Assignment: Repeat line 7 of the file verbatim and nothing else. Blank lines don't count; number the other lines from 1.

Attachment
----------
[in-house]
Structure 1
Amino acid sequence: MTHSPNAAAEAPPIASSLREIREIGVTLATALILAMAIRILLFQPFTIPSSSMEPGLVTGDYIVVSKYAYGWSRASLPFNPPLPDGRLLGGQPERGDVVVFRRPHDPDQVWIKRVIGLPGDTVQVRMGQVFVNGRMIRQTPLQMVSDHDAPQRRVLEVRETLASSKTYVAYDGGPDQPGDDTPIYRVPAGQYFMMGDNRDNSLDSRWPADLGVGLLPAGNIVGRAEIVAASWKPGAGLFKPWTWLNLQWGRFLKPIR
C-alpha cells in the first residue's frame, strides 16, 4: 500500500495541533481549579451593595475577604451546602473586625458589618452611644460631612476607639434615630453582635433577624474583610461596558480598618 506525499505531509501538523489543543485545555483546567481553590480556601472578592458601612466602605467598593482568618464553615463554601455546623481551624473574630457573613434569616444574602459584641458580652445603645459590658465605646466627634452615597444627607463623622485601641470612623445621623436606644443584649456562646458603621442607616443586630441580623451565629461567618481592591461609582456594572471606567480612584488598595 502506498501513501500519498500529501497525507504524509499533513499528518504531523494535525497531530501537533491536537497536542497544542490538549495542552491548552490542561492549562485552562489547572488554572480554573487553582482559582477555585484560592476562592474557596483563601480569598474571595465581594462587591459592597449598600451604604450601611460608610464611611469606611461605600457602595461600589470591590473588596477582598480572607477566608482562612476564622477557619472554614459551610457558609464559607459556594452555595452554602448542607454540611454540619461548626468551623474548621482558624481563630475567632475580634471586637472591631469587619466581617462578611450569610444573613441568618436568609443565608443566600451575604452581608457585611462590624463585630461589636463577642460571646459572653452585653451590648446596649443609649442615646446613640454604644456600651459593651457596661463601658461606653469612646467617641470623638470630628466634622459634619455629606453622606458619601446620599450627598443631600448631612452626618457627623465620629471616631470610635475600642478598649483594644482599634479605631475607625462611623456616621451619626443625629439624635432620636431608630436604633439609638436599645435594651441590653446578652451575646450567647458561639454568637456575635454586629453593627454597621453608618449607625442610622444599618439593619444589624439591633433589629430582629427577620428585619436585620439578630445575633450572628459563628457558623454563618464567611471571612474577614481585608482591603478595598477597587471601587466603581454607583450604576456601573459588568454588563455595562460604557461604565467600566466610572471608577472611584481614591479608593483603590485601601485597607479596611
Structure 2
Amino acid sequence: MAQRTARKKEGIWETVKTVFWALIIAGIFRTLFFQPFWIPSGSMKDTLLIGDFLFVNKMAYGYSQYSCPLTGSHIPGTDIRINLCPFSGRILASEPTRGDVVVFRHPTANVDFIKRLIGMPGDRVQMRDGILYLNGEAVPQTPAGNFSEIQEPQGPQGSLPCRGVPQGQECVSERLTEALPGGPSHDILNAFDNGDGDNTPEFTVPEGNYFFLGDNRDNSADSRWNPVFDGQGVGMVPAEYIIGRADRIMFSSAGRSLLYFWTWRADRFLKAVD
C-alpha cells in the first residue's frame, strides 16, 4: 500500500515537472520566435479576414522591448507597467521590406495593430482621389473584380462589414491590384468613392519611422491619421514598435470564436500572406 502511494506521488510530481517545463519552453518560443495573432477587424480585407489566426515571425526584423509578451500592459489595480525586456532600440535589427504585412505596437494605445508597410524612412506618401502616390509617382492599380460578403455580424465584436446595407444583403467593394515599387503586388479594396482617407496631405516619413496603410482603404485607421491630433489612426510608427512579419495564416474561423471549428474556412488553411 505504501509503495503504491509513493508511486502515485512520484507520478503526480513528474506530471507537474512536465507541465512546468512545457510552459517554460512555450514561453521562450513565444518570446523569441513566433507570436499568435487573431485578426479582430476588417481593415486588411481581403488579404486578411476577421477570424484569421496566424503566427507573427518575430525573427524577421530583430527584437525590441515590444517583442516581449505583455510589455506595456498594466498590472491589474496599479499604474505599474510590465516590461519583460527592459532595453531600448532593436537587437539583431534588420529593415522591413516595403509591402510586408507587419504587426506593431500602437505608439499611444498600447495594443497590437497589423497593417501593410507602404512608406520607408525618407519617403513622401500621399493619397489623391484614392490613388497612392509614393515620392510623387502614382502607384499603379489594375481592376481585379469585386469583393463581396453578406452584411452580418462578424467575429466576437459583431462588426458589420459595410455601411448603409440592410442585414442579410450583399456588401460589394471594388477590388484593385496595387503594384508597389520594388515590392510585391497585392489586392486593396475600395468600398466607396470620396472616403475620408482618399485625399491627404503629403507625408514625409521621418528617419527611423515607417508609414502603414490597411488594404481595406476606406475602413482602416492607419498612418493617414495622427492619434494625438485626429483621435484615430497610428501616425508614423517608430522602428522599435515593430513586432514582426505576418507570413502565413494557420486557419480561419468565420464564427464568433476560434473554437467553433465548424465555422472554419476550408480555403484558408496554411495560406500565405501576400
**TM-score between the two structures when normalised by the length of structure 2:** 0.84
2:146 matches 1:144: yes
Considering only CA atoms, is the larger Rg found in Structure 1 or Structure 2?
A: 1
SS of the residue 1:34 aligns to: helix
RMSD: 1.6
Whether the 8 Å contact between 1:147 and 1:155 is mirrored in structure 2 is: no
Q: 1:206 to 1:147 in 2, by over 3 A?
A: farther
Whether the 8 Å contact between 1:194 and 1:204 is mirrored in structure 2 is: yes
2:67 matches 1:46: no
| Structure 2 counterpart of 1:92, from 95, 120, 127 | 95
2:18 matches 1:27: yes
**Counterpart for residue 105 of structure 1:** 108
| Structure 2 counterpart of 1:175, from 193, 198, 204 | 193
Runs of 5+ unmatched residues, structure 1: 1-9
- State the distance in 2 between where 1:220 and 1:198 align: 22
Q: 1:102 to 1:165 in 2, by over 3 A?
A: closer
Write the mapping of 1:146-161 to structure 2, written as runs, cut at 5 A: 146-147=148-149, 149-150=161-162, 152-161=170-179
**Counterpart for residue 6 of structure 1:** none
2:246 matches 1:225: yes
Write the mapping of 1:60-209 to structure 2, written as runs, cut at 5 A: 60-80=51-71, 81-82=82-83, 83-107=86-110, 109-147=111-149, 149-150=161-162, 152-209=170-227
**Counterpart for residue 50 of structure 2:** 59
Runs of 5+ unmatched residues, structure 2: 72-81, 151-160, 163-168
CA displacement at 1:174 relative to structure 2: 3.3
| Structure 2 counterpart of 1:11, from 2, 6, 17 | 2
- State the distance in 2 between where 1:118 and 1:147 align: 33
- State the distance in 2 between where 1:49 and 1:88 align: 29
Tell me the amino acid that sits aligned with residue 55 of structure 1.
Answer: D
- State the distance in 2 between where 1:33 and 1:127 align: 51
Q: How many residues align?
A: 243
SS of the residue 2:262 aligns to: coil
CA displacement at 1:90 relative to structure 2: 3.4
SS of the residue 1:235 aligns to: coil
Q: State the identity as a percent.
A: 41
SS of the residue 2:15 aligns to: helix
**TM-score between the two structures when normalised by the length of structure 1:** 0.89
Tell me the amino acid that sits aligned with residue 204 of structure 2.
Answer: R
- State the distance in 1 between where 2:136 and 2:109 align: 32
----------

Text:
C-alpha cells in the first residue's frame, strides 16, 4: 500500500515537472520566435479576414522591448507597467521590406495593430482621389473584380462589414491590384468613392519611422491619421514598435470564436500572406 502511494506521488510530481517545463519552453518560443495573432477587424480585407489566426515571425526584423509578451500592459489595480525586456532600440535589427504585412505596437494605445508597410524612412506618401502616390509617382492599380460578403455580424465584436446595407444583403467593394515599387503586388479594396482617407496631405516619413496603410482603404485607421491630433489612426510608427512579419495564416474561423471549428474556412488553411 505504501509503495503504491509513493508511486502515485512520484507520478503526480513528474506530471507537474512536465507541465512546468512545457510552459517554460512555450514561453521562450513565444518570446523569441513566433507570436499568435487573431485578426479582430476588417481593415486588411481581403488579404486578411476577421477570424484569421496566424503566427507573427518575430525573427524577421530583430527584437525590441515590444517583442516581449505583455510589455506595456498594466498590472491589474496599479499604474505599474510590465516590461519583460527592459532595453531600448532593436537587437539583431534588420529593415522591413516595403509591402510586408507587419504587426506593431500602437505608439499611444498600447495594443497590437497589423497593417501593410507602404512608406520607408525618407519617403513622401500621399493619397489623391484614392490613388497612392509614393515620392510623387502614382502607384499603379489594375481592376481585379469585386469583393463581396453578406452584411452580418462578424467575429466576437459583431462588426458589420459595410455601411448603409440592410442585414442579410450583399456588401460589394471594388477590388484593385496595387503594384508597389520594388515590392510585391497585392489586392486593396475600395468600398466607396470620396472616403475620408482618399485625399491627404503629403507625408514625409521621418528617419527611423515607417508609414502603414490597411488594404481595406476606406475602413482602416492607419498612418493617414495622427492619434494625438485626429483621435484615430497610428501616425508614423517608430522602428522599435515593430513586432514582426505576418507570413502565413494557420486557419480561419468565420464564427464568433476560434473554437467553433465548424465555422472554419476550408480555403484558408496554411495560406500565405501576400